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Voters in Burlington will give RCV a second shot.

Ranked-choice voting poised to return to Vermont's largest city

Tuesday was a big day for fans of alternative voting systems.

Two-thirds of voters in Burlington cast ballots in favor of restoring ranked-choice voting in Vermont's largest city. If Vermont's Democratic-majority General Assembly and GOP Gov. Phil Scott also sign off on the ballot initiative, ranked-choice voting will be used for city council elections starting next March.

And a rival method, approval voting, made its debut in St. Louis after winning its own approval last year.

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Voters in Massachusetts, including those who cast early ballots at Fenway Park, came out against ranked-choice voting in the Bay State.

Ranked elections rejected by Massachusetts, in doubt in Alaska

Proponents of ranked-choice voting have failed in their attempts to bring the alternative election system to Massachusetts and are confronting a potential defeat in Alaska as well.

The twin setbacks would amount to a big reversal of fortune for one of the darling ideas of democracy reform: Allowing voters to list candidates in order of preference, then reallocating the secondary choices of the poorer performers until one person emerges with majority support. Maine is now the only state using ranked elections almost exclusively

But a switch to so-called RCV for municipal elections was approved in two cities in California, two in Minnesota and one in Colorado. And voters in St. Louis voted to embrace another alternative election format for local primaries called approval voting.

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There is a conversation emerging about race and party identity fueled by the ascendant Black Lives Matter movement, write the authors.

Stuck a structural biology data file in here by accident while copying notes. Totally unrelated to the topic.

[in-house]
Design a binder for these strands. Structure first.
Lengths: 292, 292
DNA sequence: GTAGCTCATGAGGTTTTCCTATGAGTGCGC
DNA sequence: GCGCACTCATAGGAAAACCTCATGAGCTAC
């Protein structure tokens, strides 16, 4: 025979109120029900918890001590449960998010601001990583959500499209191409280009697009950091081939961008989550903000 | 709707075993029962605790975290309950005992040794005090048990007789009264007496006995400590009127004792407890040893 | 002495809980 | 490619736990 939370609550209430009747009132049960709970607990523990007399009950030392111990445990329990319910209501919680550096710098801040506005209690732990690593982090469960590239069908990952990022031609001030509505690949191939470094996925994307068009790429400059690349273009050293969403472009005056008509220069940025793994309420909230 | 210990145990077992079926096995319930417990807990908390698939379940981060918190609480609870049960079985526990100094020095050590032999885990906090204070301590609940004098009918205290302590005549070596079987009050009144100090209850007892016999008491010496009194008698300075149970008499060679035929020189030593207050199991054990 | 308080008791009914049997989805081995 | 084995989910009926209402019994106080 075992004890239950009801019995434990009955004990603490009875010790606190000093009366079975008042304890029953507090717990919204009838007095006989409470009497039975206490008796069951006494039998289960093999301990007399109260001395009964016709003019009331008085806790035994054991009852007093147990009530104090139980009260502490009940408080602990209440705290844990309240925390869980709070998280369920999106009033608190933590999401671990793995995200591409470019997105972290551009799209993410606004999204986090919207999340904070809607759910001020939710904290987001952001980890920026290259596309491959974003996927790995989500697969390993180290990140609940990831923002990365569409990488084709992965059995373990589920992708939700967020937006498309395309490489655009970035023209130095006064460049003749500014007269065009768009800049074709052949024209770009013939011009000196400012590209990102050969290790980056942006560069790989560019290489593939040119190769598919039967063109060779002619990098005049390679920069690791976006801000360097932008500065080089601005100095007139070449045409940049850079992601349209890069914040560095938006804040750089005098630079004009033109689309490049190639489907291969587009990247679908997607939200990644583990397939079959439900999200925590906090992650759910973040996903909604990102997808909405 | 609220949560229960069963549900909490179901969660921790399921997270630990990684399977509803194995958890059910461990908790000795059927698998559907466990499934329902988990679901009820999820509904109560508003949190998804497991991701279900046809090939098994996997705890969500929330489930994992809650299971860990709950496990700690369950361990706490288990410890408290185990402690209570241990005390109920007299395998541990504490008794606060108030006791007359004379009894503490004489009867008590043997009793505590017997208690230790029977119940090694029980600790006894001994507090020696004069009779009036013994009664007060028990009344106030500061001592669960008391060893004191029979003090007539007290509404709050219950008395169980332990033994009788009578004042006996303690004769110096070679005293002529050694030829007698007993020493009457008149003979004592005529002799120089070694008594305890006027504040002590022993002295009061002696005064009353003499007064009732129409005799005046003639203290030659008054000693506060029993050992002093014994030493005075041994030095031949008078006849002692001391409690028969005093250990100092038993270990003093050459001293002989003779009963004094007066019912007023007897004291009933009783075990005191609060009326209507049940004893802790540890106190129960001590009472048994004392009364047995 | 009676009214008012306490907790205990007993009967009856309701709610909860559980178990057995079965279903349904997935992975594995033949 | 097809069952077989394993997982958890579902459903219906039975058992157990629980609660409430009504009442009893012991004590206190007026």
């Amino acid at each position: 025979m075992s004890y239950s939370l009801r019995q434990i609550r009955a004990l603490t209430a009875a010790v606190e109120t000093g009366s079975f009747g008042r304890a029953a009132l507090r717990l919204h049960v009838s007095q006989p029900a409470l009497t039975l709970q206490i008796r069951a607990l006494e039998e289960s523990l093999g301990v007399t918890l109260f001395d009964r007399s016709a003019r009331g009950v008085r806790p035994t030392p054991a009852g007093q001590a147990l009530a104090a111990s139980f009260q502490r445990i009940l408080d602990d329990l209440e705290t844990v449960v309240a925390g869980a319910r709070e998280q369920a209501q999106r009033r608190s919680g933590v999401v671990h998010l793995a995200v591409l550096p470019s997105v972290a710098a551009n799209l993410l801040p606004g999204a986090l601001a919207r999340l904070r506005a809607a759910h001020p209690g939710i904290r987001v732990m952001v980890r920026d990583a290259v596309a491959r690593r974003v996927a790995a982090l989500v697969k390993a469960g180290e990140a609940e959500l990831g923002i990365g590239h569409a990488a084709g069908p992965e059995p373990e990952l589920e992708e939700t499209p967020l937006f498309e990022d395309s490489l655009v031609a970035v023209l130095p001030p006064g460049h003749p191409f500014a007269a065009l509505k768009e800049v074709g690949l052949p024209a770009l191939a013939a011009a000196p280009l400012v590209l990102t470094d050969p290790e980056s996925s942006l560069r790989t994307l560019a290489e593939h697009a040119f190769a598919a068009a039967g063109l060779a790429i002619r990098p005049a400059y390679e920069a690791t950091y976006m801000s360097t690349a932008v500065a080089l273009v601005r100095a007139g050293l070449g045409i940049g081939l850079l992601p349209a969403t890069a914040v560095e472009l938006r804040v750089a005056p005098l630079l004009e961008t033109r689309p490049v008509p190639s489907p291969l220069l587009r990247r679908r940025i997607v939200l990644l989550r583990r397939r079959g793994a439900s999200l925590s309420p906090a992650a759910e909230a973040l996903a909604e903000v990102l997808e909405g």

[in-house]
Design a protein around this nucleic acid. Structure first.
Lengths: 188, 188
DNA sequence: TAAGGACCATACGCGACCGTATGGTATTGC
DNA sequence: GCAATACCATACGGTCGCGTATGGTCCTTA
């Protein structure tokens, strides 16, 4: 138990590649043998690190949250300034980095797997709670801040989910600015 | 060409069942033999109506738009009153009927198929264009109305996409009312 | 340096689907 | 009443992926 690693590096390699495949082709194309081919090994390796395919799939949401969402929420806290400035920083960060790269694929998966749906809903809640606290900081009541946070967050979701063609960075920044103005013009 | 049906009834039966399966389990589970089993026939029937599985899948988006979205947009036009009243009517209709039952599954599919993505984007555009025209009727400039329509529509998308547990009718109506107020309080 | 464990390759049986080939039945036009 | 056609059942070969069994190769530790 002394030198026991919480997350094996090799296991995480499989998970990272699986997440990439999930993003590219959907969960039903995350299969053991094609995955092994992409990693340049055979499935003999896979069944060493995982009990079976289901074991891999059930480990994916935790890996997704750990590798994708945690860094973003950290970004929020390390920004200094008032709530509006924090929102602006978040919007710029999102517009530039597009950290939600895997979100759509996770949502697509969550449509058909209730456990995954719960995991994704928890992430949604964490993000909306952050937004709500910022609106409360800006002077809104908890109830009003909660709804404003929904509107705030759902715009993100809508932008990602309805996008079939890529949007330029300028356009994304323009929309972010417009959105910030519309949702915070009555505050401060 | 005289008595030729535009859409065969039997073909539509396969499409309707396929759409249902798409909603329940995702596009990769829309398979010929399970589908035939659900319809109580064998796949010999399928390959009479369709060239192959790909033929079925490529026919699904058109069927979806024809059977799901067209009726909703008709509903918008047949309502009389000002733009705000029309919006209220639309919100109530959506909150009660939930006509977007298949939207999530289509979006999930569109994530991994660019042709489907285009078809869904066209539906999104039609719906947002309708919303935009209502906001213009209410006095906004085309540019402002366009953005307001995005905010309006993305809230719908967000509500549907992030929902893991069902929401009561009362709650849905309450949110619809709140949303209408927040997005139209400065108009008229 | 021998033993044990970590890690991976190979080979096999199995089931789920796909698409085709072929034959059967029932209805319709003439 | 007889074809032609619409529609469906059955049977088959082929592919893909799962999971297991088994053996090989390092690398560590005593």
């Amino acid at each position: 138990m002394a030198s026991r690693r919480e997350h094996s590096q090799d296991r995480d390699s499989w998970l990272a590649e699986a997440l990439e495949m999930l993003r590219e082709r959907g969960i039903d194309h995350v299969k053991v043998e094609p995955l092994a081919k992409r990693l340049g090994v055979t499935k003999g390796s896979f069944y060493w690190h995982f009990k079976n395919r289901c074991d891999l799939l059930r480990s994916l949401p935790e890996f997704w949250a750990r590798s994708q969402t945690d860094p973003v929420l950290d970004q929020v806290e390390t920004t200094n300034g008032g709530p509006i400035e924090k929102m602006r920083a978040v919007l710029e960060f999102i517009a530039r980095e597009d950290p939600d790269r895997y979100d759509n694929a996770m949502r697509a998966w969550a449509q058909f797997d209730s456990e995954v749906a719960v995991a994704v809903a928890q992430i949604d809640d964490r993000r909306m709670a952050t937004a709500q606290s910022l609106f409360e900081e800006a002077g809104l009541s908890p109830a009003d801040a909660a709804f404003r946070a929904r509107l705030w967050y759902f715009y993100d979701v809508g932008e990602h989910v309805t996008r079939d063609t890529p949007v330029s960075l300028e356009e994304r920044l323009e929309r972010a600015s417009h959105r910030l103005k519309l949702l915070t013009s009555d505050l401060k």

The democracy reform and Black political agendas must become aligned

Gray is a Baptist minister, secretary of the Missouri Democratic Party and a former state senator in Kansas. Fields is a New York physician and a board member of Open Primaries, which advocates for nonpartisan nominating elections.

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Supports of ranked-choice voting in Massachusetts rallied to support the alternative voting method in July.

As ranked-choice voting gains acceptance, critics push back

Most Americans are accustomed to a winner-take-all voting process, making one, decisive choice between a multitude of candidates.

Ranked-choice voting changes the standard methodology. RCV allows voters to rank multiple candidates in order of personal preference, replacing a "plurality winner" system with a vastly different election process that hasn't been widely seen in the United States for some time.

This past year, ranked-choice voting has been having a sort of coming-out party. It was used in Democratic presidential primaries in four states as well as the Nevada caucuses. And referendums instituting ranked-choice voting are on the ballot this fall in five cities and three states — Alaska, Massachusetts and North Dakota.

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